The majority of medical experts agree that individuals suffering from cauda equina syndrome should be undergoing surgery for making more space to accommodate the nerves (aka lumbar decompression) within the first 48-hours from their diagnosis so that they have the optimum chance of achieving a complete recovery. And, the fact is that the spinal injury claims solicitors at MRH Solicitors have been successful at securing compensation in claims against the medical profession when they failed to diagnose CES until too long after that period had passed, or who have caused CES because of a negligent surgery.
Significant financial compensation could be received if you can demonstrate that there was:
• A failure in diagnosing CES
• A failure to properly treat the condition
• Negligent or inadequate surgery
• A failure to recognize any postoperative complications
• The effects of any one or more of the above can be (and usually are) quite extensive, which is why CES settlements are often substantial. When you seek the advice of a cauda equina medical negligence specialist (sooner rather than later), it could have a significant influence on your compensation claim’s outcome. We have built up a reputation for successfully pursuing CES cases and the recovery of substantial compensation for clients just like you.
• There is a significantly high level of stress associated with being admitted to a hospital since CES is considered to be an emergency condition. It is often accompanied by degenerative disease and, although treatment is free in the UK (under the National Health Service) for most patients, hospital stays can usually last four to five days and disrupt lives.
Since failure to promptly diagnose and/or treat CES can lead to lifelong permanent disability, if you are able to establish the fact that you received substandard medical care leading to an avoidable CES injury, you could receive significant compensation. A few examples of those types of compensation include (but are not limited to):
• An award of money damages money for a CES injury itself. The resulting impairments could include control of the bladder and/or bowels, necessary urinary catheterisation, and a need for physical therapy and pelvic floor exercises when the muscles have sustained damage and paralysis or weakness in the lower extremities is present. In addition, sexual function can be adversely affected, especially in the presence of limited bowel and bladder control. Of course, this can negatively affect relationships and even lead to divorce. The compensation amount is dependent upon the presence of any chance of recovering, or whether the CES injury turns out to be permanent. This type of medical negligence claims award generally will not result in any tax repercussions.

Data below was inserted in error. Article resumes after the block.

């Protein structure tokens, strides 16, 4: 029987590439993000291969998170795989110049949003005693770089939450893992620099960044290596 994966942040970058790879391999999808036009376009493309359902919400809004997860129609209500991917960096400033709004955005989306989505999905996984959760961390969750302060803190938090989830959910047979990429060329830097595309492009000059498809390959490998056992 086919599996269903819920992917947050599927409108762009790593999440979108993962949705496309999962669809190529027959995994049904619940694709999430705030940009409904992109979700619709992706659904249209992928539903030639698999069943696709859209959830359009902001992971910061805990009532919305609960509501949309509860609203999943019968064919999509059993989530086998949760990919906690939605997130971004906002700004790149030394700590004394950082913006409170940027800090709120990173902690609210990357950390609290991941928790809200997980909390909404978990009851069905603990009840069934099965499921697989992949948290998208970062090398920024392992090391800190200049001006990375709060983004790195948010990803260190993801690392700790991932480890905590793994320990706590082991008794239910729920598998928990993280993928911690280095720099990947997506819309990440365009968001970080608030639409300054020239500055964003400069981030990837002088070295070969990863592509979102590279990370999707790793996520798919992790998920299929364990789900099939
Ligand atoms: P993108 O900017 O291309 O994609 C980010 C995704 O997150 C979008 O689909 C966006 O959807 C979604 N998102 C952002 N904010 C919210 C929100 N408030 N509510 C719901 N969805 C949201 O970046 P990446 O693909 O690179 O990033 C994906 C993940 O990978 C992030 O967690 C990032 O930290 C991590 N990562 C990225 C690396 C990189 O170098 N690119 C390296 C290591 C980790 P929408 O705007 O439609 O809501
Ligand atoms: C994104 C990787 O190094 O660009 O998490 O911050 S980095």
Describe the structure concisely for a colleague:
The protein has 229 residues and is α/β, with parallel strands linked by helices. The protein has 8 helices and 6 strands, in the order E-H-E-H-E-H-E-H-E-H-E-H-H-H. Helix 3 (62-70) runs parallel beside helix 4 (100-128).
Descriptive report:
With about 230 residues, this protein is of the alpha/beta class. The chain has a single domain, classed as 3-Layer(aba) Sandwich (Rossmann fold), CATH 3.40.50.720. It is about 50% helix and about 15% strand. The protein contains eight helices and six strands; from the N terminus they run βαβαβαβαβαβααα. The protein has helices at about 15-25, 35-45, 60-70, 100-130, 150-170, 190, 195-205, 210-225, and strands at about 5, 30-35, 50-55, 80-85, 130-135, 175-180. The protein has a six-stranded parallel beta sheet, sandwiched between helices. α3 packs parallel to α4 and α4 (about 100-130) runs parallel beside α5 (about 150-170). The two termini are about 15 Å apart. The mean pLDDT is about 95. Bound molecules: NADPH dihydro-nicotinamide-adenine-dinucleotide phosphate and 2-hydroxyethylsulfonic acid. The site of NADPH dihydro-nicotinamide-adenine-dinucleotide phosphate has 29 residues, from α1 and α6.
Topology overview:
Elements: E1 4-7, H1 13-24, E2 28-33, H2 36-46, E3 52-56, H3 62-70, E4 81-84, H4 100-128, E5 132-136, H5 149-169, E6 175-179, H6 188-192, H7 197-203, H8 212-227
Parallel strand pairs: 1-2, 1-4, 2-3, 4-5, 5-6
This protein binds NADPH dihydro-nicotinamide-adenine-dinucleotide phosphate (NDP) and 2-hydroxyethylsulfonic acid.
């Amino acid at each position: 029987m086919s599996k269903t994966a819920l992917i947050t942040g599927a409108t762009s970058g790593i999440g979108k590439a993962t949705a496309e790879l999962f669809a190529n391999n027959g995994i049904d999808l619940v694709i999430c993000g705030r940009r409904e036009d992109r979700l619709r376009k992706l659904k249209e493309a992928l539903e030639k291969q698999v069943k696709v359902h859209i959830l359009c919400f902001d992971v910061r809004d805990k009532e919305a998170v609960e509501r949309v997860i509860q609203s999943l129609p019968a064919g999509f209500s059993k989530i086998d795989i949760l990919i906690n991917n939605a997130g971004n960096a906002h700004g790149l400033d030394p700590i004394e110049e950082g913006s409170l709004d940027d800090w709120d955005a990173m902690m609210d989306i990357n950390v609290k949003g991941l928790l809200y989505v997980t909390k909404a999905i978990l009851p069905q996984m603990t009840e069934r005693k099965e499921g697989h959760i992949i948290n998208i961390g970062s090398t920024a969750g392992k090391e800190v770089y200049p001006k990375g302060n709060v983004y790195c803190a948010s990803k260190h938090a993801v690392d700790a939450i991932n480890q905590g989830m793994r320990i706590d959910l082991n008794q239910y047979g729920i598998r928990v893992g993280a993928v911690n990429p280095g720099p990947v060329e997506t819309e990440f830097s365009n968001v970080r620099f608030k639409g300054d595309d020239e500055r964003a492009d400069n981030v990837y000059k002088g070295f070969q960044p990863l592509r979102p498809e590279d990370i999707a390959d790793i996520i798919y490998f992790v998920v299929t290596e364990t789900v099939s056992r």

• Coverage for the high cost of any further surgery.
• Physiotherapy costs, as well as the cost of occupational therapy or any other therapies needed for helping to relieve or at least improve CES symptoms.
• Lost earnings when earnings potential and the ability to work and retain employment has been affected.
• Being handicapped in the job market due to the disadvantages caused by the CES injury.
• The high cost of care when the CES injury sustained means that an individual is unable to administer self-care anymore and can’t perform everyday duties like shopping or housework and those tasks will have to be performed by paid caregivers.
• Any specific equipment and aids needed for helping patients manage their disability.
• Our cauda equina compensation solicitors will work hard to ensure that you win the maximum compensation amount needed for one or more of the above and enable you to get on with your life.
We have a track record in CES medical negligence compensation claims for clients who have suffered from CES that was caused by medical negligence. In fact, we have built a solid reputation as cauda equina syndrome claims specialists. Our knowledgebase, as well as our highly professional approach, have made a big difference in the lives of our clients. We have not only acquired compensation settlements, allowing them to start rebuilding their lives, but we also functioned as an excellent source of support at an exceptionally challenging time in their lives, which can tax not only the emotional wellbeing of the patient but that of their family as well.
Contact our medical negligence team of specialising solicitors if you, or a loved one, is suffering from Cauda Equina syndrome and you have serious concerns regarding the standard of medical care that was received during the diagnosing and/or treating of this condition.
We are a group of lawyers operating under the strict supervision of the Solicitors Regulation Authority, which is responsible for overseeing 180,000+ solicitors all over England and Wales.
We will offer you our best advice regarding whether we feel that we can help you with investigating a claim for proper CES medical negligence compensation. So, for more in-depth information and/or to request our office to schedule your free confidential legal consultation with one of our solicitors who are authorised and regulated by the Solicitors Regulation Authority, just call one our CES experts at 01204 540 880 now.